7. Circular Telegram From the Department of State to the Embassy in France 1

118575. Subj: Technological Gap.

Following is general guidance on technological gap. Specific guidance for USRO action in NATO context as requested Paris 99792 by septel.
At December NATO Ministerial Meeting, Ministers recommended that North Atlantic Council perm reps study the procedure which might be followed for further examination and implementation of Italian proposal on technological gap, and report findings to Spring Ministerial meeting.
Three facets of technological disparities problem are politically important to U.S. First is problem of “technological gap” between Western Europe and U.S. which is primary subject this guidance. Second is implication any U.S. response may have in East-West context. Third is fact science and technology disparities is global problem and great gap between industrialized countries and LDCs is grave problem for economic development and world stability.
In one sense “technological gap” is by-product of American economic and military superiority over Europe and European reaction to this predominance. Europeans concerned that European industry will be unable to compete with marketable products of advanced technology even though technological superiority today in some areas rests with Europe. Gap concept reflects fear of “bigness” and is consciously used to stimulate larger government investment in science and technology. Problem unlikely be resolved in foreseeable future because Europeans unable on national basis to marshal resources needed to transform their societies at same pace as U.S.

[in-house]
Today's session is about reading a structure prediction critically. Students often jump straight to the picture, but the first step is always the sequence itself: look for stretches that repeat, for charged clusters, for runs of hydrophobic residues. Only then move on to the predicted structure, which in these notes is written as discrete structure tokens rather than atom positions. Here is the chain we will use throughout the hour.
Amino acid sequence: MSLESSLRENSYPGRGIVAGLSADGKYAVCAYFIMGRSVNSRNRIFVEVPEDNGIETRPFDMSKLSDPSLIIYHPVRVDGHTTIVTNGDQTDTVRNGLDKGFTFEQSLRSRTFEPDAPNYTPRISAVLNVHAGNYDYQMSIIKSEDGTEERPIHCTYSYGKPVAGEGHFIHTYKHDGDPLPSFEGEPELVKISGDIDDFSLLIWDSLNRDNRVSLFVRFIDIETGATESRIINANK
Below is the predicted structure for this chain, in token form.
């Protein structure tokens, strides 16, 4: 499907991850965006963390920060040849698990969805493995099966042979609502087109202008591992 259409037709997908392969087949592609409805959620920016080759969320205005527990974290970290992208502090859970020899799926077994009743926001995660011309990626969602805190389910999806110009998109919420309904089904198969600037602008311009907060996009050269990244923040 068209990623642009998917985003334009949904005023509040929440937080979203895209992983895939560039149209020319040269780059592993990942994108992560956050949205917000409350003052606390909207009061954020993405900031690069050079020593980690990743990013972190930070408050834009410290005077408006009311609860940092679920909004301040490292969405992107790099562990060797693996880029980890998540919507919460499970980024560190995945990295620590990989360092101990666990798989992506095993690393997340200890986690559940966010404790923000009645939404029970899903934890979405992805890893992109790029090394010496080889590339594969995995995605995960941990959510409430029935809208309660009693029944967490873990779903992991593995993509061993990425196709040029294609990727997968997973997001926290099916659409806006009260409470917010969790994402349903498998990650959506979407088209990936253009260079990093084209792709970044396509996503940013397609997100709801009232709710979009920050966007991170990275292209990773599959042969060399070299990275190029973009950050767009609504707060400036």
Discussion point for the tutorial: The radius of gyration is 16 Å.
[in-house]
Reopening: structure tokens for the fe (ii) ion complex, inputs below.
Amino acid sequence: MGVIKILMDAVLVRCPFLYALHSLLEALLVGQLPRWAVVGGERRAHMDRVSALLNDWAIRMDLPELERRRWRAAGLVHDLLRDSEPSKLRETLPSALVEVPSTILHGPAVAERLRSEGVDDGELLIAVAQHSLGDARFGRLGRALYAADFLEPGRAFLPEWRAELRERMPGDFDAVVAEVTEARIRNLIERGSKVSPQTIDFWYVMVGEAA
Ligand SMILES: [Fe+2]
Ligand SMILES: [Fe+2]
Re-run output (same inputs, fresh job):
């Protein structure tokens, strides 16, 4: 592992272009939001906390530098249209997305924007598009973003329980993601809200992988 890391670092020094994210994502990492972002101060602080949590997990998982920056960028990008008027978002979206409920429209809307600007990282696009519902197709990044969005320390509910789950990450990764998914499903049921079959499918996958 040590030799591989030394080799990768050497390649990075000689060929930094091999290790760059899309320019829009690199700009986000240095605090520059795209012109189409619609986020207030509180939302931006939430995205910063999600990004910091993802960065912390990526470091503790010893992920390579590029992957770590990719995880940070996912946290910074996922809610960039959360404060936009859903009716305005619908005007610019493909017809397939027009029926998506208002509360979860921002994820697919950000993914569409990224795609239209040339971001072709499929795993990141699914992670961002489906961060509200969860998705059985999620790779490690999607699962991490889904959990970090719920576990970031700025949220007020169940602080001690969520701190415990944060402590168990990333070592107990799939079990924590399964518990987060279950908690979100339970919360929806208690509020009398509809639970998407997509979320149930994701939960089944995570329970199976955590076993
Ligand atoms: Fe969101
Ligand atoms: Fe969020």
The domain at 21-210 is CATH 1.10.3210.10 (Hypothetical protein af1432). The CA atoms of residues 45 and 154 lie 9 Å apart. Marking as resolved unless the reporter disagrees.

In responding to gap problem, we will have three inter-related U.S. objectives: (A) in first instance, to deal directly with European attitude that U.S. is somehow responsible for gap; (B) to try to transform European concern with technological disparity into impetus for furthering intra-European cooperation and cohesion including UK relations [Page 15] with continent and European Communities; and (C) to improve Atlantic relations and strengthen OECD and NATO.
In pursuit of these political objectives, U.S. should:
Indicate general willingness to cooperate with Western Europeans and to welcome initiatives, including that of Italians, leaving to Europeans responsibility for developing specific proposals which involve intra-European action and agreement.